Fernanda Borchers Coeli

Learn More
The XX male syndrome - Testicular Disorder of Sexual Differentiation (DSD) is a rare condition characterized by a spectrum of clinical presentations, ranging from ambiguous to normal male genitalia. We report hormonal, molecular and cytogenetic evaluations of a boy presenting with this syndrome. Examination of the genitalia at age of 16 months, showed:(More)
Congenital adrenal hyperplasia due to 21-hydroxylase deficiency is caused by deletions, large gene conversions or mutations in CYP21A2 gene. The human gene is located at 6p21.3 within a locus containing the genes for putative serine/threonine Kinase RP, complement C4, steroid 21-hydroxylase CYP21 tenascin TNX, normally, in a duplicated cluster known as RCCX(More)
The enzyme 17β-hydroxysteroid dehydrogenase type 3 (17-β-HSD3) catalyzes the conversion of androstenedione to testosterone in the testes, and its deficiency is a rare disorder of sex development in 46,XY individuals. It can lead to a wide range of phenotypic features, with variable hormonal profiles. We report four patients with the 46,XY karyotype and(More)
TheSRY gene (sex-determining region on the Y chromosome; MIM *480000) is responsible for initiating male gonadal development. However, only 15–20% of the cases of XY gonadal dysgenesis are due to mutations in its sequence. Recently, heterozygous mutations in theNR5A1 gene (nuclear receptor subfamily 5, group A, member 1; MIM +184757) have been described in(More)
Steroid 21-hydroxylase deficiency (21-OHD) accounts for more than 90% of congenital adrenal hyperplasia. CAH newborn screening, in general, is based on 17-hydroxyprogesterone dosage (17-OHP), however it is complicated by the fact that healthy preterm infants have high levels of 17-OHP resulting in false positive cases. We report on molecular features of a(More)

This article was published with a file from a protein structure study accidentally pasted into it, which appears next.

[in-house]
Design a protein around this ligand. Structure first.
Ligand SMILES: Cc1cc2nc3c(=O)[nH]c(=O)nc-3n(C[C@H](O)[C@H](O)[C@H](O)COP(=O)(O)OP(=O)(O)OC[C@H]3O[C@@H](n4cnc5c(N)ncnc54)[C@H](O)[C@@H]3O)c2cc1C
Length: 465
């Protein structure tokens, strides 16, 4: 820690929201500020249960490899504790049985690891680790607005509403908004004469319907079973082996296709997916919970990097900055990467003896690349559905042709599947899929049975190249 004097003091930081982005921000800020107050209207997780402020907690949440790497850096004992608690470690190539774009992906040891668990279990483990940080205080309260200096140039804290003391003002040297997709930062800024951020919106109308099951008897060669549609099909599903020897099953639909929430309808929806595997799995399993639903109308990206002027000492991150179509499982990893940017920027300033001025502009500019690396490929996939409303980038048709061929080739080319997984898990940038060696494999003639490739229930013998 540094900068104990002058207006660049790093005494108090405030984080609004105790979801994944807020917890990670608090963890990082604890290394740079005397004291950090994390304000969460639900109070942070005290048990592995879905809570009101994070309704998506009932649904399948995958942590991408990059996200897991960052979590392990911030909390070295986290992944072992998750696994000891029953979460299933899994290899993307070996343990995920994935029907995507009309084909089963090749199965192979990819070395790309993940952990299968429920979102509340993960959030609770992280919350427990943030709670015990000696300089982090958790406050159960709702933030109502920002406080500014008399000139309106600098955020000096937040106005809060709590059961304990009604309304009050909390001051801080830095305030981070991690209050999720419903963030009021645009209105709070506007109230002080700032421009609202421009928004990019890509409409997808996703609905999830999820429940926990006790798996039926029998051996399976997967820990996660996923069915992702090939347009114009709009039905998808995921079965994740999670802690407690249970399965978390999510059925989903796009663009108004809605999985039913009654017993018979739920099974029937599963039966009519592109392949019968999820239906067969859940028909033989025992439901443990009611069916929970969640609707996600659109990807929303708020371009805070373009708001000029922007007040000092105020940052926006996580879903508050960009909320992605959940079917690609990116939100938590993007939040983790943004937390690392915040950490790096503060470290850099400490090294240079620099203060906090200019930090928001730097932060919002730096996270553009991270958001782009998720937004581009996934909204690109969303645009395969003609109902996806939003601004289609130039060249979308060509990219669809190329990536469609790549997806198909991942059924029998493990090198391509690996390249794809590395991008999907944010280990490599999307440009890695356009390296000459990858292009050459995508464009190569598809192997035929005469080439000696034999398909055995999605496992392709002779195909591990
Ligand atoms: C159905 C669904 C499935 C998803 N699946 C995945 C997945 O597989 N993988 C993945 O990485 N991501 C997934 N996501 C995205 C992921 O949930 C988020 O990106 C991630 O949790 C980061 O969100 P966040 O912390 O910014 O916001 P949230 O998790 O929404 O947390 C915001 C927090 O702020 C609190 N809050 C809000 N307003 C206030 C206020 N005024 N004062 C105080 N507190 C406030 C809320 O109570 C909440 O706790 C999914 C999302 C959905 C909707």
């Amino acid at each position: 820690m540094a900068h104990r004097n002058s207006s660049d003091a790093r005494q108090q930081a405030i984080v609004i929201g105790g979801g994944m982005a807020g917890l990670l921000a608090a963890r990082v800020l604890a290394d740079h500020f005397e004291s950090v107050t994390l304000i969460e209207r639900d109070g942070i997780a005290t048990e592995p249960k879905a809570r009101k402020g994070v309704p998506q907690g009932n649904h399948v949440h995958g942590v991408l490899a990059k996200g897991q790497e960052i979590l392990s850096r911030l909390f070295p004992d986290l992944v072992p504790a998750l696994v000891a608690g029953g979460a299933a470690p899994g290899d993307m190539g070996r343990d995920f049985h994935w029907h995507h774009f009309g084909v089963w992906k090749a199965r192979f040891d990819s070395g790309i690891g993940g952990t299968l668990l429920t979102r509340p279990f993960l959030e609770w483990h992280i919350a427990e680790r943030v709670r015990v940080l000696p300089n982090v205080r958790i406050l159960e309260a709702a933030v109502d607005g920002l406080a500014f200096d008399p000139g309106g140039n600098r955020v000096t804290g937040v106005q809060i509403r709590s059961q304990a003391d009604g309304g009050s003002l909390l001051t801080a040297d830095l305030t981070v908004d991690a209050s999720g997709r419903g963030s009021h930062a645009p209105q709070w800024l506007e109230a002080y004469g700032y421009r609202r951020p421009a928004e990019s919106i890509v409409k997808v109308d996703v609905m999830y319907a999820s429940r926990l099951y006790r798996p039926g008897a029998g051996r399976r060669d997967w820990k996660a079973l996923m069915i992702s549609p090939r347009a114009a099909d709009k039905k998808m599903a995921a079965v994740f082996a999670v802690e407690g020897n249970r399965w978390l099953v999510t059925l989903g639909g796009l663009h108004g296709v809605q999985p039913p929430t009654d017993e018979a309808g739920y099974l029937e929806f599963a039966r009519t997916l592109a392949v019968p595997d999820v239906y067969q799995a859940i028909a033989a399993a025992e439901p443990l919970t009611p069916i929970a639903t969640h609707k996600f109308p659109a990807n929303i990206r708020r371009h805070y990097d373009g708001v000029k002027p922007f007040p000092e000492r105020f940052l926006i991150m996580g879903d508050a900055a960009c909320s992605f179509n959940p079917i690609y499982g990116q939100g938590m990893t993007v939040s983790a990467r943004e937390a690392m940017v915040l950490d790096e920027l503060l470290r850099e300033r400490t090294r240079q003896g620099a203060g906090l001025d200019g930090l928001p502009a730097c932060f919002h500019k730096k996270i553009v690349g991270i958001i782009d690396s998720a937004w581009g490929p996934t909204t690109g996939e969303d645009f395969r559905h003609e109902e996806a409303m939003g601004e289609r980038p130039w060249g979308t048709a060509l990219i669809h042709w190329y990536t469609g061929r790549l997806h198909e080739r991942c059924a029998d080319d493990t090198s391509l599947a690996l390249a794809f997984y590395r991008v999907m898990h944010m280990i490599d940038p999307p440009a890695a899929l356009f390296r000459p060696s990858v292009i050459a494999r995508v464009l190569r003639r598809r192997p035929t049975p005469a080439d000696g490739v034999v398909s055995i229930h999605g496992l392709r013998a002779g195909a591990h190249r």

OBJECTIVE To evaluate the effect of the improvement of chromosome analysis on the cytogenetic findings of Turner syndrome (TS) patients. METHODS Retrospective study of the results of the karyotypes of 260 patients with TS, regarding banding techniques, number of cells analyzed and results of investigation of Y-chromosome sequences. According to karyotype,(More)
The apparent mineralocorticoid excess syndrome (AME) is a rare autosomal recessive disorder due to the deficiency of 11beta-hydroxysteroid dehydrogenase type 2 enzyme (11beta-HSD2). The 11beta-HSD2 enzyme, encoded by HSD11B2 gene, metabolizes active cortisol in cortisone. Mutations on HSD11B2 gene affect the enzyme activity by leading to an excess of(More)
The Y-chromosome-located SRY gene encodes a small testis-specific protein containing a DNA-binding motif known as the HMG (high mobility group) box. However, mutations in SRY are not frequent especially in cases of 46,XY partial gonadal dysgenesis. Several sex-determining genes direct the fate of the bipotential gonad to either testis or ovary. In addition,(More)
Mutations in GJB2 gene are the most common cause of nonsyndromic sensorineural recessive hearing loss. One specific mutation, c.35delG, is the most frequent in the majority of Caucasian populations and may account for up to 70% of all GJB2 mutations. However, 10-40% of the patients carry only one pathogenic mutation in the GJB2 gene. Deletions(More)
Deficiency of the enzyme P450 oxidoreductase is a rare form of congenital adrenal hyperplasia with characteristics of combined and partial impairments in steroidogenic enzyme activities, as P450 oxidoreductase transfers electrons to CYP21A2, CYP17A1, and CYP19A1. It results in disorders of sex development and skeletal malformations similar to Antley-Bixley(More)